Enacting Transformative Education Kurt Love, Ph.D. Central Connecticut State University Annual Meeting of the Conference for Equity and Social Justice March 26, 2011 - Richard Stockton College of New Jersey firstname.lastname@example.org
ThinkingConvergent Thinking -All paths lead to a single destination. This is rooted in abelief that there is only one “Truth.”Traditional Liberal/Progressive scaf Truth Thought fold New Truth scaffol d ThoughtThought Thought
ThinkingDivergent Thinking -Explore many paths in authentic settings with questionsthat have no predetermined answer. Transformative New NewThought Thought Relationship Critical Communities Info Questioning New NewThought Thought Relationship
Divergent Thinking & Transformative LearningDivergent thinkingcontextualized incommunity providesstudents to not onlylearn “basic” skills, butalso opportunities fordemocratic discourse,participation andcontributions to theworld in which theylive.
What is Transformative Learning?Learning is a processof changing one’srelationships withher/his community,which consist ofinterconnections withnature and society.
What is Transformative Learning?Assumptions: • Information is diverse, culturally grounded, and a representation of a value system (knowledge/power relationship). • Learners are constantly investigating their own locations (positionalities) in relationship to culture, ideology, power structures, technology, and nature. • Learners are constantly investigating processes in community (via the content areas) that perpetuate hegemonic relationships
Transformative Education❖ An umbrella term that includes various pedagogies (i.e. critical, feminist, ecojustice, queer, aesthetic, indigenous, etc.)❖ Fully transformative education exists at the intersection of human rights, sustainability, and imagination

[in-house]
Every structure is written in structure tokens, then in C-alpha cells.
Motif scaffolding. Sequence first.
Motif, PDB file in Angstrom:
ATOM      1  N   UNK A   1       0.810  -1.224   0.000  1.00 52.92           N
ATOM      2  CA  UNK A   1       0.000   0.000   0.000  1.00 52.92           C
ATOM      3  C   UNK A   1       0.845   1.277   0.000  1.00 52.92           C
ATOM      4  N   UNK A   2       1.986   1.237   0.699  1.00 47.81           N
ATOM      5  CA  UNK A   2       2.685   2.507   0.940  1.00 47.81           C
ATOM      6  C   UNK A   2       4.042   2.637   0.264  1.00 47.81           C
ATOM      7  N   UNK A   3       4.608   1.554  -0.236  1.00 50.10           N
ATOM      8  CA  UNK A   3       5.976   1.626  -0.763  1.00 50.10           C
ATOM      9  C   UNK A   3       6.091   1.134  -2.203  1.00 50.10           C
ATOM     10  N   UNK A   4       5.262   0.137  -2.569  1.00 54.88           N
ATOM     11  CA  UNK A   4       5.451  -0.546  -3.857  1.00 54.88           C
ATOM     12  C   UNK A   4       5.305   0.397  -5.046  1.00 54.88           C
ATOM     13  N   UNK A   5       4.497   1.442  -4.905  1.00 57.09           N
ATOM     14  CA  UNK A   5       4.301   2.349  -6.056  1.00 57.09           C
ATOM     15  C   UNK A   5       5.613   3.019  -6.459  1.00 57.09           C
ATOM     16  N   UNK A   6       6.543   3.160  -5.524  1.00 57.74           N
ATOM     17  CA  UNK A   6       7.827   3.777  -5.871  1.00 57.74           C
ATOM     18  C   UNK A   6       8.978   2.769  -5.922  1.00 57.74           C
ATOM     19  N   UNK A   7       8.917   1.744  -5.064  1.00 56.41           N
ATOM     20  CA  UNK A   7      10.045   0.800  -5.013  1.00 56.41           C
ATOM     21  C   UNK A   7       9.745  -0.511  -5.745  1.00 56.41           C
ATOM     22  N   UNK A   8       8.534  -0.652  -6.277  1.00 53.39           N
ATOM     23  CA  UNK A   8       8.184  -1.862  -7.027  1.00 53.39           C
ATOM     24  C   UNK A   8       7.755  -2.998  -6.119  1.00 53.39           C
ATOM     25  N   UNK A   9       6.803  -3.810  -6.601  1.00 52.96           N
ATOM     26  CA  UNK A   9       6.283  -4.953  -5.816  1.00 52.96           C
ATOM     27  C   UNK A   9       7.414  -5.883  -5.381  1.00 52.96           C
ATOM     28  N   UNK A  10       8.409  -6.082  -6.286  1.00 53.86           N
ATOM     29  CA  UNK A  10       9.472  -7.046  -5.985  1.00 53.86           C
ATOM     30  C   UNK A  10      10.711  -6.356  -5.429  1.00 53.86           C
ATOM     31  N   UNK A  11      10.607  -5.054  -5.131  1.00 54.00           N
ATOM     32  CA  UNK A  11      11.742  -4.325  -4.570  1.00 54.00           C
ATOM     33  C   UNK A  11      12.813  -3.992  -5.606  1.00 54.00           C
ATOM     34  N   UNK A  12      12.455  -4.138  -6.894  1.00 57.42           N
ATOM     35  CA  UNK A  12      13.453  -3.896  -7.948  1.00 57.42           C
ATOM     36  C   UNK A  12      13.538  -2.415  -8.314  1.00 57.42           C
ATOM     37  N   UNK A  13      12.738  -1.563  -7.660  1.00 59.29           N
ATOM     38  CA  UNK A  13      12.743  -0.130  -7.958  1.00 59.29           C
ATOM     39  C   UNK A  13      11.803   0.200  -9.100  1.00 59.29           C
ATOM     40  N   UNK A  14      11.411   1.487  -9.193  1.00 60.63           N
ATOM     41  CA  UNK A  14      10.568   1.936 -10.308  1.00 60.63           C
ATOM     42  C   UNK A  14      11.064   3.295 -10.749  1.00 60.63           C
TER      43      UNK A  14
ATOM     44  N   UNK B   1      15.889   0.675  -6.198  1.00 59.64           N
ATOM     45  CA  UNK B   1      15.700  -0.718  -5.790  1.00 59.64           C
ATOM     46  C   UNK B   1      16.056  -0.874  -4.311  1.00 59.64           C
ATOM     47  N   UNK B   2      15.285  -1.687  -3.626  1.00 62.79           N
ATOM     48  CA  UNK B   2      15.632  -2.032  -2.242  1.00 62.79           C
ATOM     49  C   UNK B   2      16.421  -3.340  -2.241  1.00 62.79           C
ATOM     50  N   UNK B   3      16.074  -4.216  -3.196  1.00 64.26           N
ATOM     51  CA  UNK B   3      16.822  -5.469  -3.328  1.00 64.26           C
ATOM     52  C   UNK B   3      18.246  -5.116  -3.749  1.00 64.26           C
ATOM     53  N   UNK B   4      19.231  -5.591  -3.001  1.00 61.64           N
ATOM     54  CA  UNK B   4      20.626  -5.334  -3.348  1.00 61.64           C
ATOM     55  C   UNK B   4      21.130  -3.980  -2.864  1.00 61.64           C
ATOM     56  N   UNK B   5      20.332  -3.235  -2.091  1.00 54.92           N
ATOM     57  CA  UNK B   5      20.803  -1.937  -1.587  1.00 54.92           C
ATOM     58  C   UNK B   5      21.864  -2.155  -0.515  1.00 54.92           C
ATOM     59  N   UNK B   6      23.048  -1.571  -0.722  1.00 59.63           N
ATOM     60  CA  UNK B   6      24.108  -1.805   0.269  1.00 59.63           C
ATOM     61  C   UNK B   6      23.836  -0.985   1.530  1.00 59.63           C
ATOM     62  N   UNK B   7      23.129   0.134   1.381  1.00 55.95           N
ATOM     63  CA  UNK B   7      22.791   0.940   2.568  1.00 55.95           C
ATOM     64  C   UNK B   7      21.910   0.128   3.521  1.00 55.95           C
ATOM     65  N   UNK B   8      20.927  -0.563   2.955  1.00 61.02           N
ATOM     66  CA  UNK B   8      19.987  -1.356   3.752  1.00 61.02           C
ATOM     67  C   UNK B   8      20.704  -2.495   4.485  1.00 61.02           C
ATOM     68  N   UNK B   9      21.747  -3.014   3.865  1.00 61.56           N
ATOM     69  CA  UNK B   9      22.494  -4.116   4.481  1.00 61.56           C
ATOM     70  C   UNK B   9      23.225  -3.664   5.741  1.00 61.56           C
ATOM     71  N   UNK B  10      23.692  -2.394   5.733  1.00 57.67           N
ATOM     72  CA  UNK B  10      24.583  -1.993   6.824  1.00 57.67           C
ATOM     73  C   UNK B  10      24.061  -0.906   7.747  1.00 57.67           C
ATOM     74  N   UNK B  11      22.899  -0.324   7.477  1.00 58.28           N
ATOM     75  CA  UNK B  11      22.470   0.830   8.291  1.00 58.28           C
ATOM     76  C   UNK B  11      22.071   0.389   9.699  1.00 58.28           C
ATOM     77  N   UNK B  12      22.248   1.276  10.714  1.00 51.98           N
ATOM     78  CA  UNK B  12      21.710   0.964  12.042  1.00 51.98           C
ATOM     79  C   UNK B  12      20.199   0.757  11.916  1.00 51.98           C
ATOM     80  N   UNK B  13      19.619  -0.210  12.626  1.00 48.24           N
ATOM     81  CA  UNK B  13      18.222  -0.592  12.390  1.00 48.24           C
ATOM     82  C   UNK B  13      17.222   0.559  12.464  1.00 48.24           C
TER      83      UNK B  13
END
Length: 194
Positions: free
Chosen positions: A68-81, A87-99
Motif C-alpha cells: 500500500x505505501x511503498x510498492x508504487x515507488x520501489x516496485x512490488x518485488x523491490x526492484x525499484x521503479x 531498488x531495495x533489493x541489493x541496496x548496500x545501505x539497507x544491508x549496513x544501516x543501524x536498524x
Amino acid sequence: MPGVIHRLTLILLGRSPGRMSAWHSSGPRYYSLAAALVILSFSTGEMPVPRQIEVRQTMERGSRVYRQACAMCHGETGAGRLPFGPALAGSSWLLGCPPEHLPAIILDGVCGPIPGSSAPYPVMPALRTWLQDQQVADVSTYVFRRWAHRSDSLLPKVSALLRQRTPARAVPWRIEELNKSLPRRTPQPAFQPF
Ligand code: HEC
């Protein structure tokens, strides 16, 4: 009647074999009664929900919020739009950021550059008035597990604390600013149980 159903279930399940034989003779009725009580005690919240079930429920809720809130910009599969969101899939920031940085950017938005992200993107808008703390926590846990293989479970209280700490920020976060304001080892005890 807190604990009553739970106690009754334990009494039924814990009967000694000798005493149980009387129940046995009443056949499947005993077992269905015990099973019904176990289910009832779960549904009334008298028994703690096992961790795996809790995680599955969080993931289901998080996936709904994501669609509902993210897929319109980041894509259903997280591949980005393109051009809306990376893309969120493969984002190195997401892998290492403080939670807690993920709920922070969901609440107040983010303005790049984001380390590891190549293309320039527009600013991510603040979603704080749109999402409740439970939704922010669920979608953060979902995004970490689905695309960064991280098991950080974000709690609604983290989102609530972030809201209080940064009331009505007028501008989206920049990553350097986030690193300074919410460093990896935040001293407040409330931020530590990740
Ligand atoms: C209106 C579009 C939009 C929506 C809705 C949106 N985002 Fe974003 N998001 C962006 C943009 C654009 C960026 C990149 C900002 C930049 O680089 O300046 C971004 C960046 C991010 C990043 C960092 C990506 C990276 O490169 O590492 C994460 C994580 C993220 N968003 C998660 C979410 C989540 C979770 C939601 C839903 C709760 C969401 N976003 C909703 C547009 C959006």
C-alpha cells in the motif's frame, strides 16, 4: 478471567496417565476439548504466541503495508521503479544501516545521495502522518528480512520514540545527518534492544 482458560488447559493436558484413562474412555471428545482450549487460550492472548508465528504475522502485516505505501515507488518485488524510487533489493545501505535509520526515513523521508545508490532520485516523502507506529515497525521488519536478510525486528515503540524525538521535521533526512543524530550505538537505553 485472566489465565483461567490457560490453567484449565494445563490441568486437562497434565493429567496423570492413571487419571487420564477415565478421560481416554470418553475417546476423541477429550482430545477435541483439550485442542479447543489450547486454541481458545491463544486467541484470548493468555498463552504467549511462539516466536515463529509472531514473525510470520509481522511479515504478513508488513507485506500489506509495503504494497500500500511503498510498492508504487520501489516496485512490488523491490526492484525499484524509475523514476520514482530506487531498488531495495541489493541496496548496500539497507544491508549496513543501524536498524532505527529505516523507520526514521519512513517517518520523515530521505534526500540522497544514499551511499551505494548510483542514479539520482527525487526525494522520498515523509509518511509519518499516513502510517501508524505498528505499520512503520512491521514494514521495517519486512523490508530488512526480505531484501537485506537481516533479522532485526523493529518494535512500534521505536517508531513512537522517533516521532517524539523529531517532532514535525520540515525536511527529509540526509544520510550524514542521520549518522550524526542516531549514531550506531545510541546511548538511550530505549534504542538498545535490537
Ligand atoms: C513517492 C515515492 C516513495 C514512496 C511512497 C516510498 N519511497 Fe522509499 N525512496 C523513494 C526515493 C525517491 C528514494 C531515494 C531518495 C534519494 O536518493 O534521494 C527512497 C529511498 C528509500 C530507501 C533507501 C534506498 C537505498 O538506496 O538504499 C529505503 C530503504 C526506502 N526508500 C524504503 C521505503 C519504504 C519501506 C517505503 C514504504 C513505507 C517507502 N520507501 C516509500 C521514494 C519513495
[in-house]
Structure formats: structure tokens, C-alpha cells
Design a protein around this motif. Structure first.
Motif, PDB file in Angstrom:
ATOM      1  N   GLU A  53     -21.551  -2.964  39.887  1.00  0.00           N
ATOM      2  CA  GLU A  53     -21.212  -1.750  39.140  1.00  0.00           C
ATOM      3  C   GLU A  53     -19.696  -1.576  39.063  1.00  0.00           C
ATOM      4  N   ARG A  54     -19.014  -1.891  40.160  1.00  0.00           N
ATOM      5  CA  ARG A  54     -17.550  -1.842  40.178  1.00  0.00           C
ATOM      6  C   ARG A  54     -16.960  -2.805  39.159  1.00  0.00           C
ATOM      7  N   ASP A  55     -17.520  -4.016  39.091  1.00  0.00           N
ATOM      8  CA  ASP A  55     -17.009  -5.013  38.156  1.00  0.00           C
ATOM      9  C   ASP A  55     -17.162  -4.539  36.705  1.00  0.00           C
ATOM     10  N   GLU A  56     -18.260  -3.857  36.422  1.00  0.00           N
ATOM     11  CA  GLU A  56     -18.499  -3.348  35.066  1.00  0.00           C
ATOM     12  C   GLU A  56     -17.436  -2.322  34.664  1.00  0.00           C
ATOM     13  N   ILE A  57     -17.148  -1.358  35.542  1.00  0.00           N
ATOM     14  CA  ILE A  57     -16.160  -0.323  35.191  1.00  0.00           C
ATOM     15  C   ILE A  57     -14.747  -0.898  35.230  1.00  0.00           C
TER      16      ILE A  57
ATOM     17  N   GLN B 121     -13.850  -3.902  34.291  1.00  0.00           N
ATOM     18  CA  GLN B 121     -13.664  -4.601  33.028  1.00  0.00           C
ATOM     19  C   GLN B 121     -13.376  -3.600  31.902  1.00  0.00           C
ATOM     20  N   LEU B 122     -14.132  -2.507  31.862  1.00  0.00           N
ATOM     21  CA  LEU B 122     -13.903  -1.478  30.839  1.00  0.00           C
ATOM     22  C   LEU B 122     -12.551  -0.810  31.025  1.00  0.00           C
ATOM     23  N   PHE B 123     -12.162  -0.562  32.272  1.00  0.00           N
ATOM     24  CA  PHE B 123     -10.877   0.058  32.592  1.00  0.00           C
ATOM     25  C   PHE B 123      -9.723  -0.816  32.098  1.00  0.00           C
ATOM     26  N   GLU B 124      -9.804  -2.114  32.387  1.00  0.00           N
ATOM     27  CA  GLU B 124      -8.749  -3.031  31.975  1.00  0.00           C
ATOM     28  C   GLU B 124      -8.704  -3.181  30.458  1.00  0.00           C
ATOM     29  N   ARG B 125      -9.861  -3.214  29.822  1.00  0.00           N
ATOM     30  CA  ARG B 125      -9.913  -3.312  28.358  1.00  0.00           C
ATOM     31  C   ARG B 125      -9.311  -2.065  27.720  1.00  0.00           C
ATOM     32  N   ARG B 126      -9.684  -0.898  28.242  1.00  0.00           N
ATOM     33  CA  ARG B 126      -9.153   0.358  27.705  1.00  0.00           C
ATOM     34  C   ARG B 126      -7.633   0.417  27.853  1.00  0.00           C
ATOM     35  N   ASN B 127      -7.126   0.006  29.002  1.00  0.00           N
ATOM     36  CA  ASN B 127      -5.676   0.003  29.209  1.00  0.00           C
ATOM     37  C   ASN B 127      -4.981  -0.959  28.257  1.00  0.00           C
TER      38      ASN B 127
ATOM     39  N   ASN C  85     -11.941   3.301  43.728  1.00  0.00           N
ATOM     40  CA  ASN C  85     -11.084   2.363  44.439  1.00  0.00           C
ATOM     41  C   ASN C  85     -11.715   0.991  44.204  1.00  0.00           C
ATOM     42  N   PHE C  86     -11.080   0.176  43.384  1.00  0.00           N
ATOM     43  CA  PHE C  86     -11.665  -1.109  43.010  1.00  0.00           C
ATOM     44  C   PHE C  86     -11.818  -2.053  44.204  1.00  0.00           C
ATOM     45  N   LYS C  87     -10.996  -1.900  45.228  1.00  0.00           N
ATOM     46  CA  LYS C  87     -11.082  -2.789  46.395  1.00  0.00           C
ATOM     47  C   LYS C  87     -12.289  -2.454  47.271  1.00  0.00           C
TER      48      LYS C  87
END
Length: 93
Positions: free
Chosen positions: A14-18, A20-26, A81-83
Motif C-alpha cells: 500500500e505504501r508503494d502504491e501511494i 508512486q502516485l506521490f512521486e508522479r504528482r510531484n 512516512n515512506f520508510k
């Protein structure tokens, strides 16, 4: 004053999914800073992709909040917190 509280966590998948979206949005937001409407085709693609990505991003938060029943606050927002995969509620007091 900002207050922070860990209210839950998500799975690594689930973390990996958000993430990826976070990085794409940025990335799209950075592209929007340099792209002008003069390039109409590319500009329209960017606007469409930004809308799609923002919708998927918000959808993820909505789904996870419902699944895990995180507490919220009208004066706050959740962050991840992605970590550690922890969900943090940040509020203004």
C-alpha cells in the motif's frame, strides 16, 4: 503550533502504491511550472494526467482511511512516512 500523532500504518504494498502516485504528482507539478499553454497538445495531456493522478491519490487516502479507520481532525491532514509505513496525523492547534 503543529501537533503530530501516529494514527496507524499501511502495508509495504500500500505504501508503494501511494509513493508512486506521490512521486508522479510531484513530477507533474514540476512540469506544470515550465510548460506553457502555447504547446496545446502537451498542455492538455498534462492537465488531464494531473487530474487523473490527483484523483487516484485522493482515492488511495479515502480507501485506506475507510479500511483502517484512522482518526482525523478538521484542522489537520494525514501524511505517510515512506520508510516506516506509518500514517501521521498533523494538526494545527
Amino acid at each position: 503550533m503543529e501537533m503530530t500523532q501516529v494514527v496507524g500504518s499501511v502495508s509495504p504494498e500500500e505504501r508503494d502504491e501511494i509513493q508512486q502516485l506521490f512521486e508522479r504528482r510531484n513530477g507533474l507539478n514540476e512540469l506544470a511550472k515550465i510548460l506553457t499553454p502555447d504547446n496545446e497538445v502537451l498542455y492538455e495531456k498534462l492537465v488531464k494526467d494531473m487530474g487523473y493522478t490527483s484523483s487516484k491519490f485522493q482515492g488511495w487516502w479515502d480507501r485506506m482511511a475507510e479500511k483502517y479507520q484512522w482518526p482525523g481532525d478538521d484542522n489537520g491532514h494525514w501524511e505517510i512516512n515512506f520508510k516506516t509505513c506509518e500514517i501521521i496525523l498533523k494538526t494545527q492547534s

Power & EducationPower-Over Power Power-WithDomination Nature Ecologicalover nature, sustainability,social injustice, human-naturedocile & connection,oppressed Education social justice,student students engaged in creating social Community and ecological justice
TEACHER-AS-MEDIATORMain target is not a predetermined answer Students are not facilitated or scaffolded to the “right” answer Students are not discovering what the teacher already knows and calls “truth”
TEACHER-AS-MEDIATORMain target:Divergent thinking in a context of community of diverse voices Students critically question information in curriculum using various lenses of analysis Examples: critical social theory, critical race theory, feminism, ecojustice, queer theory, indigenous theory) Students investigate authentic and/or unresolved issues, knowledges, histories, and practices in community (local through global) Teacher mediates so that students can do authentic research based in communities
“Thick Description”Superﬁcial Mainstream Message These two might set up a binary Null Message These two Relationships generally show a complexity not Tensions binary “packaged” Deep info